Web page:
I went back to the lake on a warm, smoky September evening. No new fires; just the last gasps of all the fires in our area.
The south end seemed inviting. No copters this time.
The fire here has created a premature Fall landscape.
Wandering through it was one of the denizens of the lake, back and living the life: a skunk.
It could have been an omen; the lake was quiet here, much quieter than the channel had been on my first evening back.
I saw a rise near the rocky shoreline. I dropped a hopper in over a weed mat. I let it sit for a minute before I was rewarded with a subtle take. I hooked the fish. I needed to keep its head up and skate it over the weeds, but I couldn't do it. This fish was too strong, and shot straight into the weeds.
I kicked over, found it still hooked, and tried to winch it out of there hand over hand. The tippet snapped with a ping.
I could have taken that as further confirmation of the skunk being an omen. Instead it gave me encouragement. I was confident there were other hot spots around. All I had to do was find them.
My search was leisurely and restful.
Along the rocks again I cast the fly in tight and let it rest, too. After a minute I began to strip it in--and a fish took it.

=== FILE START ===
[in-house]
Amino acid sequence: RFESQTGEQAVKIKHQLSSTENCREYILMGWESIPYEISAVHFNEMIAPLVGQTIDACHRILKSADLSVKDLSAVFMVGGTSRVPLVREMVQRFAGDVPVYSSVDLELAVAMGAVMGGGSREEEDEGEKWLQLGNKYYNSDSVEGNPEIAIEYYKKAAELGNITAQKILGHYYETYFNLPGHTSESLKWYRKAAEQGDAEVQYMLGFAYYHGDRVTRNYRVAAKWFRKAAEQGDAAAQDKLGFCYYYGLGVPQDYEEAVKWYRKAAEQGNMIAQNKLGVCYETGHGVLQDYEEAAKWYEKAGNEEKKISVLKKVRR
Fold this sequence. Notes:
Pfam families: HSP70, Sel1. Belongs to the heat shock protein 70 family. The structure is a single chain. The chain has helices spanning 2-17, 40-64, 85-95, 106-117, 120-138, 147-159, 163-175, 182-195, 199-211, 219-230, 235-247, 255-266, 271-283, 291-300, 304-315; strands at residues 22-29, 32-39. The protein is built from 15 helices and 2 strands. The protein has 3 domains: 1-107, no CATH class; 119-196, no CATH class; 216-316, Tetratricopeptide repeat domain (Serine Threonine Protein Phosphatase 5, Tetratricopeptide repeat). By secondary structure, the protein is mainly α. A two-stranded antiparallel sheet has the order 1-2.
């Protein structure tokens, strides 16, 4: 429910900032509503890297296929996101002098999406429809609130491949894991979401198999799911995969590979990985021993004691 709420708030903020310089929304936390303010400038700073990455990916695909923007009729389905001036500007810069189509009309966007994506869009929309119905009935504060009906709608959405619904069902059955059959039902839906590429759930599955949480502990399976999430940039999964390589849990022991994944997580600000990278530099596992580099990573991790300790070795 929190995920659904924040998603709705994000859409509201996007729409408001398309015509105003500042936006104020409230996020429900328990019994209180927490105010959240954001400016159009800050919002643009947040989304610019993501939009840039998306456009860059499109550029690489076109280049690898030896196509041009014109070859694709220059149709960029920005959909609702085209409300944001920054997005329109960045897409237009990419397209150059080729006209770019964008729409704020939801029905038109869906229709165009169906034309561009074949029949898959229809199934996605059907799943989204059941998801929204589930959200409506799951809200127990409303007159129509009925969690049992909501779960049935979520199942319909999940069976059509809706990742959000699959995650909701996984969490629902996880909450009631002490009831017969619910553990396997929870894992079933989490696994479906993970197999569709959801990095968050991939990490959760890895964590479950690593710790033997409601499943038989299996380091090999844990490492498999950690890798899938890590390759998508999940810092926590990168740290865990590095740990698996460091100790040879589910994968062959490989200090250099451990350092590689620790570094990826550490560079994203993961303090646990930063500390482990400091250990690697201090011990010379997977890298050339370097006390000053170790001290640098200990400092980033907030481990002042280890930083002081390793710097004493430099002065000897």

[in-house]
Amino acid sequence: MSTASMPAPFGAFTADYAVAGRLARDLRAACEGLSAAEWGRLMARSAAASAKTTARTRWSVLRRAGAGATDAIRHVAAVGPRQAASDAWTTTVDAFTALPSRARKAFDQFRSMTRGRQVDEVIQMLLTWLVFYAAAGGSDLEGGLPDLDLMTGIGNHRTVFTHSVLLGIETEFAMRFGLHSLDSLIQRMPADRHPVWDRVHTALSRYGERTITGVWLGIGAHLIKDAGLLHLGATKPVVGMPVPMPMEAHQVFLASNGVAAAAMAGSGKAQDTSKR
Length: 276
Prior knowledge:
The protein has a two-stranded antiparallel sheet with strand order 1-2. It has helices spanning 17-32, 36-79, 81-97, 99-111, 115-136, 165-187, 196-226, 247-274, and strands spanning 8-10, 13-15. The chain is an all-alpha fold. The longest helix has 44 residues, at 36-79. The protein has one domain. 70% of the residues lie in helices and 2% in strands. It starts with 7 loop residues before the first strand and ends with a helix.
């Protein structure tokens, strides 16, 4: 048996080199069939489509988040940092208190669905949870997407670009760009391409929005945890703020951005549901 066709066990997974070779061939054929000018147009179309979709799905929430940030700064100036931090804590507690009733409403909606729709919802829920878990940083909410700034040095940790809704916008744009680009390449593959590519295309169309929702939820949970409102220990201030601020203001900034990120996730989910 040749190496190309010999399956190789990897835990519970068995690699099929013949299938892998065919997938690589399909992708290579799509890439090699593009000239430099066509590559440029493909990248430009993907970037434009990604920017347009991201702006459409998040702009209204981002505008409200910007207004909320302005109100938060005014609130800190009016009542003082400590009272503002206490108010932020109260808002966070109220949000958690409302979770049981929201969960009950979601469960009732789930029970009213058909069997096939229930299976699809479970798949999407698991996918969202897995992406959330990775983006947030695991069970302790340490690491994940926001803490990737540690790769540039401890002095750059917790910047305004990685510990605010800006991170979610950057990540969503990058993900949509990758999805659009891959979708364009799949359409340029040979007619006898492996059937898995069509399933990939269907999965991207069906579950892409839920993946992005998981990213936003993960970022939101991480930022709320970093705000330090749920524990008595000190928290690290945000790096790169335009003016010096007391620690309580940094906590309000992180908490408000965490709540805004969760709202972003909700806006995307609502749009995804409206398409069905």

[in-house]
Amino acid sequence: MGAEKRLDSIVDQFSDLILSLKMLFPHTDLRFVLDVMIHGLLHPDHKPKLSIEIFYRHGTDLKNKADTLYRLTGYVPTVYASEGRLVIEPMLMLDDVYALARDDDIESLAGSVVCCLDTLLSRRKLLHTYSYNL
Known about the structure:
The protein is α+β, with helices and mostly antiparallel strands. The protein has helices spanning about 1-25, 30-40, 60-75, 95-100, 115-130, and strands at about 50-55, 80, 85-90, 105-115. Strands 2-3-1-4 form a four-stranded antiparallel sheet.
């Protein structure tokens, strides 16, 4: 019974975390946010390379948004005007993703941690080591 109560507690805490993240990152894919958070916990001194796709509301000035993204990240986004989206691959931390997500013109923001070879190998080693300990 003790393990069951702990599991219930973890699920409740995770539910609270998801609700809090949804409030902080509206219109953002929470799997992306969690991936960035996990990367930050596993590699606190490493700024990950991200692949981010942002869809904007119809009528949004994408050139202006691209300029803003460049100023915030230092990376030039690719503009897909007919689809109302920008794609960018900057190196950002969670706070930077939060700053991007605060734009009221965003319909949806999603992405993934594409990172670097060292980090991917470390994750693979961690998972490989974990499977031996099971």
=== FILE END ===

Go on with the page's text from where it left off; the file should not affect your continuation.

A rainbow, strong and in a hurry to leave. It flipped out of the net before I could get a closeup.
Things were heating up some.
There was no general hatch or feeding activity--no sign of ants. But there were individual fish working small weedy territories. I saw this brown's rise from a distance, kicked over, laid the fly in and let it drift, and it came up and took it.
That would be the routine as the light faded.
The sun set without brilliance, the sky turning a darker shade of smoke. The colors of a brown taken at dusk shone all the brighter for it.
At darkness settled in--so early now--I kicked toward the takeout. From ten feet out I glanced back to get my bearings, and the skunk was getting a drink at the precise spot I was planning to beach the tube. I put on the brakes, preferring to avoid a confrontation. The skunk, knowing I was there, finished its drink, gave me a look, and hurried away down the shoreline into the willows. That's the last I saw of it.
Sometimes a skunk is just a skunk.